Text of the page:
What You Need to Know About Anorexia Nervosa, Obesity, and Heart Health

Doctor measuring obese man waist body fat. Obesity and weight loss.

Weight management is a vital issue for many individuals, but it’s not just about being thin. It is more about managing your lifestyle to lower your risk of developing heart problems. However, losing excess weight along won’t actually reduce that risk. Having healthy weight and a healthy heart comes down to exercising and eating healthy food regularly as well as balancing your calorie intake. That being said, it’s immensely crucial that you avoid the extremes of anorexia nervosa and obesity that could severely damage your heart and overall health.

The Effect of Obesity on Heart Health

Data from the Centers for Disease Control and Prevention (CDC) estimates that approximately 69% of adults in the U.S. are either obese or overweight. These people have an increased risk of developing diabetes, hypertension, and atherosclerosis, which is a condition marked by plaque buildup in the arteries responsible for transporting blood rich in oxygen to your heart. These issues are severe risk factors that contribute to various heart problems such as coronary heart disease, which is the number one cause of death in adults. Aside from worsening diabetes and increasing blood pressure, obesity is also a significant risk factor for irregular heartbeat, atrial fibrillation, and sleep apnea. Your weight must be within a healthy range. You need to be conscious of what you eat and do appropriate physical activities on a regular basis.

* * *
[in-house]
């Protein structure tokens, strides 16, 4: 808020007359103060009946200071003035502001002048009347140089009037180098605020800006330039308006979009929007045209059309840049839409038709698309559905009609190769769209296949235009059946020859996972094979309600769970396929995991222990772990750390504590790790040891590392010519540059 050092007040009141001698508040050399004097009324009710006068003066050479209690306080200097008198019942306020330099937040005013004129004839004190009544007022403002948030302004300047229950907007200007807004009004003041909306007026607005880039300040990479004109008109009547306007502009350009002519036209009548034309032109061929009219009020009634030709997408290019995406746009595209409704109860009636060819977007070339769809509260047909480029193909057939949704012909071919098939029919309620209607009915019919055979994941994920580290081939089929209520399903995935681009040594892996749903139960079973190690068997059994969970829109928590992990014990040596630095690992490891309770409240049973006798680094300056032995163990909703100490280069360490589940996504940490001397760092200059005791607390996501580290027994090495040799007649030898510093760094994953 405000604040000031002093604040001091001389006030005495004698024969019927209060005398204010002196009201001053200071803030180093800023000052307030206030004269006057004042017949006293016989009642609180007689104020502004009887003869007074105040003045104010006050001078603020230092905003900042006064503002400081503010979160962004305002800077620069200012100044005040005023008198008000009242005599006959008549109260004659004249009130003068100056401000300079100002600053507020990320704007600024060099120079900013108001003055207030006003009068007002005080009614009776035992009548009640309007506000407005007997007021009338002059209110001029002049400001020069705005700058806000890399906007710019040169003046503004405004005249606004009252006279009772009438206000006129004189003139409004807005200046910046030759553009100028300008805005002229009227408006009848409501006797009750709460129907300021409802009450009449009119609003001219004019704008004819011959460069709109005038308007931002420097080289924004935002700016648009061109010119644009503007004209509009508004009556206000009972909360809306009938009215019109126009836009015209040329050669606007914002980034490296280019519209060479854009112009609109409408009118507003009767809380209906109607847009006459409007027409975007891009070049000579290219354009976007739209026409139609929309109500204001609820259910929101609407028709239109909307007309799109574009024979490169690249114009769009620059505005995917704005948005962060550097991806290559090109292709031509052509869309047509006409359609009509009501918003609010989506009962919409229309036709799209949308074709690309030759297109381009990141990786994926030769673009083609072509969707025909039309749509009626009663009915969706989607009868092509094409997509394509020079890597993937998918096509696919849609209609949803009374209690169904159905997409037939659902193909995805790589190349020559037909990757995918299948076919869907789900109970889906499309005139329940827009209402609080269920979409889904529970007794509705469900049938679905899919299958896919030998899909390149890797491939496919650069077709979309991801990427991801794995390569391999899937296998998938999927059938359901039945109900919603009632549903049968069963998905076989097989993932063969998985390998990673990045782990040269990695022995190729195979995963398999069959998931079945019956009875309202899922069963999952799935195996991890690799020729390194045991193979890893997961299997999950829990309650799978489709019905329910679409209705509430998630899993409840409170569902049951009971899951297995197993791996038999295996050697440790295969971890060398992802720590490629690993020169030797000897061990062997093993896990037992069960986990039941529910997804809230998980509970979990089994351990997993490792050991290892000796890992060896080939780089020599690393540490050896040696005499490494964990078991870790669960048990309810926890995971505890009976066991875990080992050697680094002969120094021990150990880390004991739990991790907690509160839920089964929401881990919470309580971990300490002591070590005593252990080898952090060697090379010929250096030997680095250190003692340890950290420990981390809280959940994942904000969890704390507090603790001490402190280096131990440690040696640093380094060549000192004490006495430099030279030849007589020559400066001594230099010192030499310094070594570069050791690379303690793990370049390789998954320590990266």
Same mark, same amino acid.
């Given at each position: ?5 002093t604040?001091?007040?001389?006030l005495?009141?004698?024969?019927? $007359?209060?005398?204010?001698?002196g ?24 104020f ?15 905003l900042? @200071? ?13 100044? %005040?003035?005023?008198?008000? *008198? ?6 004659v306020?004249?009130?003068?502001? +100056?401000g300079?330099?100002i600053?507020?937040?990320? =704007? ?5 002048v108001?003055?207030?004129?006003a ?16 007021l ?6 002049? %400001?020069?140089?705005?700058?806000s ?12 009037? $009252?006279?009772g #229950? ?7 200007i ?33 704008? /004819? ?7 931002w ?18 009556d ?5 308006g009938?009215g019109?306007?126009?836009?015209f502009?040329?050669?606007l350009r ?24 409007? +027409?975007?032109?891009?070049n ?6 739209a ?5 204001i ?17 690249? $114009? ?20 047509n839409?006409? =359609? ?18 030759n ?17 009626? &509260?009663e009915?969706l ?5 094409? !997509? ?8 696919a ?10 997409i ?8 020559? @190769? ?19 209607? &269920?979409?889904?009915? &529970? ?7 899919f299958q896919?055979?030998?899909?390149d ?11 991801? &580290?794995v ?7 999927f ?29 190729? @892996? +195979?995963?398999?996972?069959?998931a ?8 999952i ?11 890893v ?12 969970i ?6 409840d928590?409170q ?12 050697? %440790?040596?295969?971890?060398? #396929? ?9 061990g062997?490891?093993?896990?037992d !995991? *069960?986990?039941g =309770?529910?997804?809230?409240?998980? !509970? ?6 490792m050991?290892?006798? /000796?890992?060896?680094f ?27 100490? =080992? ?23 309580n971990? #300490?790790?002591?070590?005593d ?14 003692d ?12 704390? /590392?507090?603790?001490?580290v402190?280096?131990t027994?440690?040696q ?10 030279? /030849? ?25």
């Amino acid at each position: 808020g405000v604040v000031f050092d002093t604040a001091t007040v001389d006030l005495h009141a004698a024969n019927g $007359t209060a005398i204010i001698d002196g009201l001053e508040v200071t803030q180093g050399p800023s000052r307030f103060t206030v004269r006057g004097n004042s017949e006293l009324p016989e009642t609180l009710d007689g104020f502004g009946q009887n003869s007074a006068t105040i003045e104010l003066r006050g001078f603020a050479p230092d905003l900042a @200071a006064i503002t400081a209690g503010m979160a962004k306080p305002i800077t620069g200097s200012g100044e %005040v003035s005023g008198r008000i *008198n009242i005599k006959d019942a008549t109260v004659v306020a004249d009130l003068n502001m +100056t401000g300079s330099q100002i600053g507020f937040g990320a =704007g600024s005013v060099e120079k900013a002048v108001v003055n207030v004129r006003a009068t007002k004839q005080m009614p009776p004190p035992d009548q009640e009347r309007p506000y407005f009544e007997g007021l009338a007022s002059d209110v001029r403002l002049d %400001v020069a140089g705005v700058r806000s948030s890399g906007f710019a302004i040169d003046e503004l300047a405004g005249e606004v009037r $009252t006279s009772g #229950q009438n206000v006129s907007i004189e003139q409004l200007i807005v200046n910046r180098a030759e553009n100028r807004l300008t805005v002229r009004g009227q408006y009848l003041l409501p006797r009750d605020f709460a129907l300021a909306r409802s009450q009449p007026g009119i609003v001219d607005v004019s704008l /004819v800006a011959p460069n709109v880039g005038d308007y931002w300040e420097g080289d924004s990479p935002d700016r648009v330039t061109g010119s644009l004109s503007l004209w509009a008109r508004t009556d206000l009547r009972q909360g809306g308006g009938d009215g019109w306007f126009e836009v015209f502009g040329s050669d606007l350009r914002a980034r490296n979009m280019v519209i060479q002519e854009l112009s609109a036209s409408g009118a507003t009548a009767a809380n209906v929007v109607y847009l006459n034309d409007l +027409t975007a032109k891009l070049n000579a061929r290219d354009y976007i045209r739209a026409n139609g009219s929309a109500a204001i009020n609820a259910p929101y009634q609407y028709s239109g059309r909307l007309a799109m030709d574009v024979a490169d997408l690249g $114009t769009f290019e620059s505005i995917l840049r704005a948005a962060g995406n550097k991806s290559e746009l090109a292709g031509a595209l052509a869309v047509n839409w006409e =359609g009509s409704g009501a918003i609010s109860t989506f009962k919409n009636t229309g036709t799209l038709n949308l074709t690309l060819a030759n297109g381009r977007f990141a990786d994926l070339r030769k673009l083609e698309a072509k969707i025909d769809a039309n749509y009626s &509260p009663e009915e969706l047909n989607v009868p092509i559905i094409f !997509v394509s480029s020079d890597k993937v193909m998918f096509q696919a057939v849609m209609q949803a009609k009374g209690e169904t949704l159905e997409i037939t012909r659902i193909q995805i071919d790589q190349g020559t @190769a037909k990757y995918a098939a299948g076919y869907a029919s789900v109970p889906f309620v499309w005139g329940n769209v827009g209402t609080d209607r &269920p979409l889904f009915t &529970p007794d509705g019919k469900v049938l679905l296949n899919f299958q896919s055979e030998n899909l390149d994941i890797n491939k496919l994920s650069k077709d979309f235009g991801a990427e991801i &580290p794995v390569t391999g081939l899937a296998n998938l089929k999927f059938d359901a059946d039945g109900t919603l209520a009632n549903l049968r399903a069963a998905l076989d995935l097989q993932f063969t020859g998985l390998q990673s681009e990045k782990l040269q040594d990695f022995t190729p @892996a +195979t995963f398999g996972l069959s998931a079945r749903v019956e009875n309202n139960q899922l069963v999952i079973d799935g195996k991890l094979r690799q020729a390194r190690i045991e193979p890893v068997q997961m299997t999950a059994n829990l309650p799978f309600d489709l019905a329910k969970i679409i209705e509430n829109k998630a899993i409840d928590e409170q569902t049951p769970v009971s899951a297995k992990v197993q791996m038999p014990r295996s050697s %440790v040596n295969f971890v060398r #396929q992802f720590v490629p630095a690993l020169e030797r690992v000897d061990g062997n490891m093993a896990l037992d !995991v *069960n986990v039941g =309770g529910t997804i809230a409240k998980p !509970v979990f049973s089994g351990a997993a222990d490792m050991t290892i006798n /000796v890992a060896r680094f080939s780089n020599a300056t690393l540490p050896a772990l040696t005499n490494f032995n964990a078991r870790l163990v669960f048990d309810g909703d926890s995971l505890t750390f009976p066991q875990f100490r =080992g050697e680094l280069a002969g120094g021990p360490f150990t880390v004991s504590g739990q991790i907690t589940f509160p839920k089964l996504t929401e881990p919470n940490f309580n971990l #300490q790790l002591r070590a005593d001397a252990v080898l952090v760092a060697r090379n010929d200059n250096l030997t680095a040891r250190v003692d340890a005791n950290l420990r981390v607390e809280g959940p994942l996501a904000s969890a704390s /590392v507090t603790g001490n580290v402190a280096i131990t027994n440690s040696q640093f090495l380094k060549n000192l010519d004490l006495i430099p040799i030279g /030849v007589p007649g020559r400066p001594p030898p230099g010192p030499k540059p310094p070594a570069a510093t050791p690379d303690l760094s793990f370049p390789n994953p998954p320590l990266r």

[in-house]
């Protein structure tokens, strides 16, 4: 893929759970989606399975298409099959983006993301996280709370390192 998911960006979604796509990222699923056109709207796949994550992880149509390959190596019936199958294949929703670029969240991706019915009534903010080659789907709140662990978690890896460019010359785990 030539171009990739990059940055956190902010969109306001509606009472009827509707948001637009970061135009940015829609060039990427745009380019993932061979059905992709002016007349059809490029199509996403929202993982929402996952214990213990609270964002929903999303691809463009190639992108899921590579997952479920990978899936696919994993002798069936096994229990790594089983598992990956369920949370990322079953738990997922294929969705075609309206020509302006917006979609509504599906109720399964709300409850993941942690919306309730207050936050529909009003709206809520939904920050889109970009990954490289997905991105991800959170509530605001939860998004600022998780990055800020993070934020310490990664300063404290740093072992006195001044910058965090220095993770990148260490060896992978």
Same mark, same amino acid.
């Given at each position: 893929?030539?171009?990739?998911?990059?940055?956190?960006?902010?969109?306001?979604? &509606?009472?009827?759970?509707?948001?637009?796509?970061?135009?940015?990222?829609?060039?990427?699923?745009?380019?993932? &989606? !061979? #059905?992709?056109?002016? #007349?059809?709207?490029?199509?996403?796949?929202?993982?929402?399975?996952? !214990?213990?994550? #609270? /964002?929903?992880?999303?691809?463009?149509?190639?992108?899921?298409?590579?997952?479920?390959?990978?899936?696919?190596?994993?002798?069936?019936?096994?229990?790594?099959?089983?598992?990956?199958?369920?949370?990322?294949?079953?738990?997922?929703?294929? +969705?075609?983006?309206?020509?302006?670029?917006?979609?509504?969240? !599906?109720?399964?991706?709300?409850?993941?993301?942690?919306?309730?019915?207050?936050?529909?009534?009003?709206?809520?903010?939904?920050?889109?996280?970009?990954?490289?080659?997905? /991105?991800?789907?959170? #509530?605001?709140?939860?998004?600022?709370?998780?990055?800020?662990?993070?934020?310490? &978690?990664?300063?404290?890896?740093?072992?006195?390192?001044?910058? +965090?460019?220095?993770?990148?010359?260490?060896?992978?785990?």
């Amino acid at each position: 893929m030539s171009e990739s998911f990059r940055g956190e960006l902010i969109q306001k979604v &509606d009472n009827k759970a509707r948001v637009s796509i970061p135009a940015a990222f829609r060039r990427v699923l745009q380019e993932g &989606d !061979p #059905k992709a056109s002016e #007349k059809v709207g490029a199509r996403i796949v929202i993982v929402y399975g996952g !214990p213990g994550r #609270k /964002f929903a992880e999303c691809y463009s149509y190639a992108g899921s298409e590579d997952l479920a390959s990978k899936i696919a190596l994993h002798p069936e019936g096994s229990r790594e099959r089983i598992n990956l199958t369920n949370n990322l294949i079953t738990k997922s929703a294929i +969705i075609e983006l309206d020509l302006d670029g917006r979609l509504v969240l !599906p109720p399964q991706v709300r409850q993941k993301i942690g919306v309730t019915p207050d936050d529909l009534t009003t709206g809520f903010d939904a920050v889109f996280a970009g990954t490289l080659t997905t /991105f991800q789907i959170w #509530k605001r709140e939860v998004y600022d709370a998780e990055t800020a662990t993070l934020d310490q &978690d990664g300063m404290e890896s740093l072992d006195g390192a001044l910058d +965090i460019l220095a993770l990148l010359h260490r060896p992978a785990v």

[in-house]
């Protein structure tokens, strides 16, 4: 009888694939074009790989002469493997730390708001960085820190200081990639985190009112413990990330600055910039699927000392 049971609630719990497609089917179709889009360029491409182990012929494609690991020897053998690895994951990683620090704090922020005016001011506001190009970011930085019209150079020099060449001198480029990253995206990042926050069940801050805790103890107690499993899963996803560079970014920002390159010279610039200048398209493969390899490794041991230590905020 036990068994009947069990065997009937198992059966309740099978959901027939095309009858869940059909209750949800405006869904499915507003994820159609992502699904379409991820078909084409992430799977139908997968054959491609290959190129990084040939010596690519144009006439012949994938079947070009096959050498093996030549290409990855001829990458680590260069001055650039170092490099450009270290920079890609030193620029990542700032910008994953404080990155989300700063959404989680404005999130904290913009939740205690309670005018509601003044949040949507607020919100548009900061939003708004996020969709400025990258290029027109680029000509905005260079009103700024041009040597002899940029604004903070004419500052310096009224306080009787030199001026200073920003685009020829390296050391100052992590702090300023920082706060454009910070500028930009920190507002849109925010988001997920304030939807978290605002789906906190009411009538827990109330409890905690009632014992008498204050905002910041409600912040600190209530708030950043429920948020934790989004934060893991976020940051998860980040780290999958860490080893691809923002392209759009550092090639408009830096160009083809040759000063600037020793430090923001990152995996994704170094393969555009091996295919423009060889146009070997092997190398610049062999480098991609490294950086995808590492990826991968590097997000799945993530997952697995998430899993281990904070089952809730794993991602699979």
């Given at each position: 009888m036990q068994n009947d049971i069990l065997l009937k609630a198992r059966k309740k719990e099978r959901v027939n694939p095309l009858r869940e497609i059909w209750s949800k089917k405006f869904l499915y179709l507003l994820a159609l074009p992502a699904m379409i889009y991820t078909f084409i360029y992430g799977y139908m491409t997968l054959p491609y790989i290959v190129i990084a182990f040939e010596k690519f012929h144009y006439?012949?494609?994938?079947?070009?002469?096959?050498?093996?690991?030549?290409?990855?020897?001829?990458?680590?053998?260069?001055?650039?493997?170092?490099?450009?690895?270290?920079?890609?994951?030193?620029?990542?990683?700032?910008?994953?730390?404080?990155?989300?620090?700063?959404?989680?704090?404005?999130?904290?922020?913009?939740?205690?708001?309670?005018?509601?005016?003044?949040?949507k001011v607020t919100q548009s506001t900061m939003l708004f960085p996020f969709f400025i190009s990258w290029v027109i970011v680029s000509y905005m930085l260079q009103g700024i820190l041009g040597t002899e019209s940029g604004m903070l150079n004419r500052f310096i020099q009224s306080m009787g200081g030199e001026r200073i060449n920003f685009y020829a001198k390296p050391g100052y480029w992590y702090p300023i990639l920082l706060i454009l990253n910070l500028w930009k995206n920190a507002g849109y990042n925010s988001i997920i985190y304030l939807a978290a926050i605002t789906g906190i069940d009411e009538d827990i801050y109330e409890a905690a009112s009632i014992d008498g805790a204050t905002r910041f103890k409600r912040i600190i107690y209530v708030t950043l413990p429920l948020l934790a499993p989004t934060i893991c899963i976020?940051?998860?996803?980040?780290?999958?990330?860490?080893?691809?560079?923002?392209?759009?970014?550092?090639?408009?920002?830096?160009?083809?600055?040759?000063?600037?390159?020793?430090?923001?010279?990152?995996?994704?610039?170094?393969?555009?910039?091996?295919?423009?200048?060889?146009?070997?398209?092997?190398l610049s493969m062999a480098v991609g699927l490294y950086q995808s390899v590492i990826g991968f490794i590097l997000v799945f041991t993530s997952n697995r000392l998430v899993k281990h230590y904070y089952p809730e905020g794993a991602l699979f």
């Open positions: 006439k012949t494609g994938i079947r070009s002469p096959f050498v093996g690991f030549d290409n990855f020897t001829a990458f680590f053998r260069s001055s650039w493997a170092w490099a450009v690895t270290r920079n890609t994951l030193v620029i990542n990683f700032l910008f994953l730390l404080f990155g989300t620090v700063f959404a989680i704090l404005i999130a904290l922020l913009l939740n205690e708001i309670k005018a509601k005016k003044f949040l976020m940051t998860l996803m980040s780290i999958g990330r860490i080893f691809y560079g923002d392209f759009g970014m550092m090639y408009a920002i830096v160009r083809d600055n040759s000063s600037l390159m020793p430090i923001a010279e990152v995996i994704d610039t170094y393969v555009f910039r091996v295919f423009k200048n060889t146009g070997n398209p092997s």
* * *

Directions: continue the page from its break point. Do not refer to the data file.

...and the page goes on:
man clenching chest, heart disease concept

The Impact of Anorexia Nervosa on Heart Health

Self-starvation, commonly known as anorexia, is a very serious psychological problem and eating disorder. Along with bulimia nervosa, it accounts for the highest death rate of all psychological disorders. Basically, anorexics, or those suffering from anorexia nervosa, deny their body the right amount of nutrients it requires to function properly. This could decrease their heart size and lead to critically low blood pressure levels. In people with anorexia, the heart will atrophy (shrink in size) and blood pressure will drop significantly, which might result in life-threatening complications such as cardiac arrest or heart failure. Malnourishment could also lead to severe electrolyte disturbances that could then cause arrhythmias, heart failure, or sudden death. The good news is that most individuals who have completed treatment programs for anorexia nervosa will experience an improvement in heart health over time.

The Key Factors to Heart Health

According to the American Heart Association (AHA) your body mass index (BMI) should be between 18.5 and 24.9. You should also follow these rules to lower your risk of developing heart disease:

  • Eat healthy food
  • Be active
  • Maintain healthy weight
  • Manage your cholesterol level
  • Regulate your blood pressure level
  • Manage your blood sugar level
  • Quit smoking

Following these golden rules for heart health can decrease your heart disease risk by a whopping 80%. The problem is that less than 1% of the American population follows these rules. But if you’re really serious about your heart health, it is imperative that you do all that you can to reduce your risk of developing heart issues. A word of caution though: if you are already anorexic and obese, you need to first resolve the underlying causes of your disease before you can begin to make these lifestyle changes.

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